शहीदो की चिताओं पर लगेंगे हर बरस मेले वतन पर मर मिटने वालों का बस अब यहीं बाकी निशान होगा

16th anniversary of Kargil War

Today the country is celebrating 16th Kargil Vijay Diwas, named after the success of Operation Vijay. On this day, 25 July 1999, India successfully took command of the high outposts which had been captured by Pakistani intruders. The Kargil war was fought for more than 60 days, ended on 25 July and resulted in the loss of life on both sides, India and Pakistan.

Kargil Vijay Diwas is celebrated on 25 July every year in honour of the Kargil War’s Heroes. Functions are organized all over the country to commemorate the contribution of the Armed forces. The nation is paying its homage to 527 brave soldiers and airmen who made supreme sacrifice while defending India against aggression in Kargil sector in Jammu and Kashmir. In recalling this war of significance it would be befitting to highlight the military run up to the war, apolitical traditions of Indian Army and its wont to abide by civilian authority.

After the Indo-Pakistani War of 1971, there had been a long period with relatively few direct armed conflicts involving the military forces of the two neighbors – notwithstanding the efforts of both nations to control the Siachen Glacier by establishing military outposts on the surrounding mountains ridges and the resulting military skirmishes in the 1980s.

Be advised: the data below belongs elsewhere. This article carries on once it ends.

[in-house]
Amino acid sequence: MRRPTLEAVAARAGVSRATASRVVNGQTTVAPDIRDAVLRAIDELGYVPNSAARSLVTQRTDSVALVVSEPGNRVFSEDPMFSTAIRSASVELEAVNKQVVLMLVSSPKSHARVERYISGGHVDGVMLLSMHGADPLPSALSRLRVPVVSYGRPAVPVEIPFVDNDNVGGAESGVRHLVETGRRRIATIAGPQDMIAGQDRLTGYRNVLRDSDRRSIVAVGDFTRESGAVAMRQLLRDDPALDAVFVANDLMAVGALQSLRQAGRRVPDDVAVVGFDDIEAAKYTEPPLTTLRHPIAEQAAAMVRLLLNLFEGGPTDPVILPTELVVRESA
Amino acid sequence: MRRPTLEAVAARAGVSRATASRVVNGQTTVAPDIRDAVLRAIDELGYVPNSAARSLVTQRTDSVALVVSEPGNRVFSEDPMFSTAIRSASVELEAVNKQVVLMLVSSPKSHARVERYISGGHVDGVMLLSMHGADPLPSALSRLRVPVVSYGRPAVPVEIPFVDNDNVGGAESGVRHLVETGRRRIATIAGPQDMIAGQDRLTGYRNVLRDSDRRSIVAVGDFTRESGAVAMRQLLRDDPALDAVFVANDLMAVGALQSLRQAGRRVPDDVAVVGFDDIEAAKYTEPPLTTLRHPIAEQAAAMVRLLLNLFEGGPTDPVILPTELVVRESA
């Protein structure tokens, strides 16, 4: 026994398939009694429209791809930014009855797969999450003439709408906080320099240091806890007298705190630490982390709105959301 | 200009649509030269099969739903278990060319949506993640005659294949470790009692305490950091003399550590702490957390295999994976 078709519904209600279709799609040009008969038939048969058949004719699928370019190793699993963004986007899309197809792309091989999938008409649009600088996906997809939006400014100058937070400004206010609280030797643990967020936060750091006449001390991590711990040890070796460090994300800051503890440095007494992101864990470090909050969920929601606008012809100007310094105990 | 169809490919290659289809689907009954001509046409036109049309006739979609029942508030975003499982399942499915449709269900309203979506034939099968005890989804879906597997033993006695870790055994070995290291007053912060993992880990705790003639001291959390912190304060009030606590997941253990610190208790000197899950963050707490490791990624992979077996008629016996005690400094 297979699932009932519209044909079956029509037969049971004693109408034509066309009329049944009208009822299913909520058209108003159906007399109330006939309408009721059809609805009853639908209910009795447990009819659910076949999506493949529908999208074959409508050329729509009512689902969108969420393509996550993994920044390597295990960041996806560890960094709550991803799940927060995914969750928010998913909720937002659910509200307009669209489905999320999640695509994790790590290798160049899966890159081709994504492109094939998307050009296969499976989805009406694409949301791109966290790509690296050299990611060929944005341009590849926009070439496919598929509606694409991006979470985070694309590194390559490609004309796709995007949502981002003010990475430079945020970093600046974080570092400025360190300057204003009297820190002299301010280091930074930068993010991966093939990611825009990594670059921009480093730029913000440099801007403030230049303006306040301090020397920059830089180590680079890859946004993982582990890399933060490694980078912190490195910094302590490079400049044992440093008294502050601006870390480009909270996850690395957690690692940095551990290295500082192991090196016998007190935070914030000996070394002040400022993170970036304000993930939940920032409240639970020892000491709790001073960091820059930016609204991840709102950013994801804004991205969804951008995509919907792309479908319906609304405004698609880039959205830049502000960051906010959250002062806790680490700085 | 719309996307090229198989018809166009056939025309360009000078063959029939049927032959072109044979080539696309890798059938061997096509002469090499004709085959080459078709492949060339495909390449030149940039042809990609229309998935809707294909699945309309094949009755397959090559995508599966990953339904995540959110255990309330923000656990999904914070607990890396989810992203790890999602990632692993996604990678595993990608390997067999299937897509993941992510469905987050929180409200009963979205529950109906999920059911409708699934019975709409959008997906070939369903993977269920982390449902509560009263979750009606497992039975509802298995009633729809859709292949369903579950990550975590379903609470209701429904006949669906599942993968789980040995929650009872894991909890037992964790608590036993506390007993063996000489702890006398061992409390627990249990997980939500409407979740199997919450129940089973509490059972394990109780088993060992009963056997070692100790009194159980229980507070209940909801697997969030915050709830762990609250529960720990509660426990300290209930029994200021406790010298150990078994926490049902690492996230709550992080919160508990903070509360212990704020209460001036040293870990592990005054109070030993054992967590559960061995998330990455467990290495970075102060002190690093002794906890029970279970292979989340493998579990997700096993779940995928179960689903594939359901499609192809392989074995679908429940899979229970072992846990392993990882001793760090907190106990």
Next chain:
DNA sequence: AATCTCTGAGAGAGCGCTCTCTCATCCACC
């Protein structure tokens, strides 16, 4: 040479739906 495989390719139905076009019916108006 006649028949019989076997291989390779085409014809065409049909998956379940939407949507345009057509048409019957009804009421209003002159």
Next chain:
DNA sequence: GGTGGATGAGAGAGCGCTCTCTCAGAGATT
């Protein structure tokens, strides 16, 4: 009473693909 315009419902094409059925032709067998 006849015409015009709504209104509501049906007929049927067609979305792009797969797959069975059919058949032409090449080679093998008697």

During the 1990s, however, escalating tensions and conflict due to separatist activities in Kashmir, some of which were supported by Pakistan, as well as the conducting of nuclear tests by both countries in 1998, led to an increasingly belligerent atmosphere. In an attempt to defuse the situation, both countries signed the Lahore Declaration in February 1999, promising to provide a peaceful and bilateral solution to the Kashmir conflict. During the winter of 1998 -1999, some elements of the Pakistani Armed Forces were covertly training and sending Pakistani troops and paramilitary forces, some allegedly in the guise of mujahideen, into territory on the Indian side of the LOC. The infiltration was code named “Operation Badr”,its aim was to sever the link between Kashmir and Ladakh, and cause Indian forces to withdraw from the Siachen Glacier, thus forcing India to negotiate a settlement of the broader Kashmir dispute. Pakistan also believed that any tension in the region would internationalise the Kashmir issue, helping it to secure a speedy resolution. Yet another goal may have been to boost the morale of the decade-long rebellion in Indian Administered Kashmir by taking a proactive role.

Initially, with little knowledge of the nature or extent of the infiltration, the Indian troops in the area assumed that the infiltrators were jihadis and claimed that they would evict them within a few days. Subsequent discovery of infiltration elsewhere along the LOC, and the difference in tactics employed by the infiltrators, caused the Indian army to realize that the plan of attack was on a much bigger scale. The total area seized by the ingress is generally accepted to between 130 km² – 200 km².

The Government of India responded with Operation Vijay, a mobilisation of 200,000 Indian troops.Finally war came to an official end on July 26, 1999,thus making it the Vijay Diwas.

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